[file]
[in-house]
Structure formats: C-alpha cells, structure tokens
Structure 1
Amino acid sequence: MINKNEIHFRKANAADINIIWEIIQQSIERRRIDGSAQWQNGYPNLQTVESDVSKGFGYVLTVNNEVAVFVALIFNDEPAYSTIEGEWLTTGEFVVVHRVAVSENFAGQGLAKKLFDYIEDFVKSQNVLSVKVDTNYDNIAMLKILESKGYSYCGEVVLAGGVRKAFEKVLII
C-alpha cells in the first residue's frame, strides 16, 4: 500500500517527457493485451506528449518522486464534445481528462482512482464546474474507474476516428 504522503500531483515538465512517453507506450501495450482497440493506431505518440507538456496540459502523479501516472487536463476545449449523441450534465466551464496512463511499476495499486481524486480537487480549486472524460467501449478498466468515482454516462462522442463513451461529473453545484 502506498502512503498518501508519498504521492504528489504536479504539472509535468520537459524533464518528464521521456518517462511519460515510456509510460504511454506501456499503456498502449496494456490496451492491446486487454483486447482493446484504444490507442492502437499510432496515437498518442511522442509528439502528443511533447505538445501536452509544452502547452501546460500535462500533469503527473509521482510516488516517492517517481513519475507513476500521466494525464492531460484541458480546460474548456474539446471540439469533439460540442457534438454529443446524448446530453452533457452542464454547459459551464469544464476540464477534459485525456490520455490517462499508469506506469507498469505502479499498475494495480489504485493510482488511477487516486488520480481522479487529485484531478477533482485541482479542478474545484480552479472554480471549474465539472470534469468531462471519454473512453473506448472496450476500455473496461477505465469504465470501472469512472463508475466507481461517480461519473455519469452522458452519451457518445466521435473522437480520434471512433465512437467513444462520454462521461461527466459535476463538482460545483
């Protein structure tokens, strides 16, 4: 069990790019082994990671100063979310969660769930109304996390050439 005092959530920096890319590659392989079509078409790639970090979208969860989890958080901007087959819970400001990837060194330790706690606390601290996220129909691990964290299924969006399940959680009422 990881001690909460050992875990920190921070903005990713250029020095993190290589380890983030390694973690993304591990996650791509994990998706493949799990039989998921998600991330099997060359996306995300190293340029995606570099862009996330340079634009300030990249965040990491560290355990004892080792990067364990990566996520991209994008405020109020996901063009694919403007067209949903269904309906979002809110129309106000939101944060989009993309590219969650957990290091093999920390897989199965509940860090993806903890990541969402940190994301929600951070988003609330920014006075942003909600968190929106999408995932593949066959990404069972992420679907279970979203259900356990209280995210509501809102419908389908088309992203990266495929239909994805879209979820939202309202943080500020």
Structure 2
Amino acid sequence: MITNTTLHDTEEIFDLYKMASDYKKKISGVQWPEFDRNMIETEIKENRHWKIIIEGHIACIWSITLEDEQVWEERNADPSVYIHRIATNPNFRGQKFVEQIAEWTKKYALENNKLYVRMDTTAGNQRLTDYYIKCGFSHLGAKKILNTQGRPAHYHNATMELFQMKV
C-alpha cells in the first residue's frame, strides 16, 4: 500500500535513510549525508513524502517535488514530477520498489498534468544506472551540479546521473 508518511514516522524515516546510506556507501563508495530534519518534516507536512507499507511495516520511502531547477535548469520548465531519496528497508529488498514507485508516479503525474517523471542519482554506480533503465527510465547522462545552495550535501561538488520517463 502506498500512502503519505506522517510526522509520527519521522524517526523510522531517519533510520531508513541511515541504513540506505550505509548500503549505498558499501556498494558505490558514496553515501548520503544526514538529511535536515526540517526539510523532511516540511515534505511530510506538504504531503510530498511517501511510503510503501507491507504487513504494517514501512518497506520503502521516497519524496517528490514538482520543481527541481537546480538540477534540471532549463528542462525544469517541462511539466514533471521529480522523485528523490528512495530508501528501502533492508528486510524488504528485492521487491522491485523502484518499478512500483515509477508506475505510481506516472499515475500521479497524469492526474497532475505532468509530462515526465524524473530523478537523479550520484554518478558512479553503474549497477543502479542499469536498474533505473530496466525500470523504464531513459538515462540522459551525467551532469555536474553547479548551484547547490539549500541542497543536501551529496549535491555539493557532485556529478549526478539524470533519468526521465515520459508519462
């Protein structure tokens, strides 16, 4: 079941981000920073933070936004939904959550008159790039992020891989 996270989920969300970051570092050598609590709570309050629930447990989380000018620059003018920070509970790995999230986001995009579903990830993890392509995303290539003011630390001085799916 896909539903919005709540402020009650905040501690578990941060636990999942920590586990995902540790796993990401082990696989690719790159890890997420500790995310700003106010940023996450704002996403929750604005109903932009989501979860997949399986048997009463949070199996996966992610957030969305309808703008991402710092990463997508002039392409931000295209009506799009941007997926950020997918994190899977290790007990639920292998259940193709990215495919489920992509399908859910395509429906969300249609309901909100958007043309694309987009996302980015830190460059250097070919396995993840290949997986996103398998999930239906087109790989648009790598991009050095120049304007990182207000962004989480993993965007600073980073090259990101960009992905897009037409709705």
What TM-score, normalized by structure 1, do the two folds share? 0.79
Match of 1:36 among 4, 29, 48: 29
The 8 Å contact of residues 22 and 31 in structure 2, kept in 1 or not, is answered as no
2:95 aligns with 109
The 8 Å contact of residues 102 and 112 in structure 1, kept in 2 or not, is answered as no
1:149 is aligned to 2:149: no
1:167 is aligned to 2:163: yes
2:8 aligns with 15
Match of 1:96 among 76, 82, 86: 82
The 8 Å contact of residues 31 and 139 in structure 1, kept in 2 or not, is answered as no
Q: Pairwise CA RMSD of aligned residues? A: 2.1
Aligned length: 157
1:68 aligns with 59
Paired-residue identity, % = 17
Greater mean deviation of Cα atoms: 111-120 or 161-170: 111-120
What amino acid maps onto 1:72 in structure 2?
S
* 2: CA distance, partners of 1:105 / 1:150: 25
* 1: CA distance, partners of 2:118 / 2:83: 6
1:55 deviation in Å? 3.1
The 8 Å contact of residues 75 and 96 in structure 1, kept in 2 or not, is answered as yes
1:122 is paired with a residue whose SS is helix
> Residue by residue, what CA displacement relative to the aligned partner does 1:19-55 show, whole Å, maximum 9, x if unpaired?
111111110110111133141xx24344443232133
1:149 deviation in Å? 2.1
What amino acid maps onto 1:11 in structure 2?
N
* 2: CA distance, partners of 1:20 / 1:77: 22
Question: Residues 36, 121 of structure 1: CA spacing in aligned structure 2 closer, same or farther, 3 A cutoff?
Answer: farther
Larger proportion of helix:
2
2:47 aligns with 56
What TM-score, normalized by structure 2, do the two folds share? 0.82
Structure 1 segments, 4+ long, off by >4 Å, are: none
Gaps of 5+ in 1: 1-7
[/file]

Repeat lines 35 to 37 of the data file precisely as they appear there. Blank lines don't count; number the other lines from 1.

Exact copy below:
1:149 deviation in Å? 2.1
What amino acid maps onto 1:11 in structure 2?
N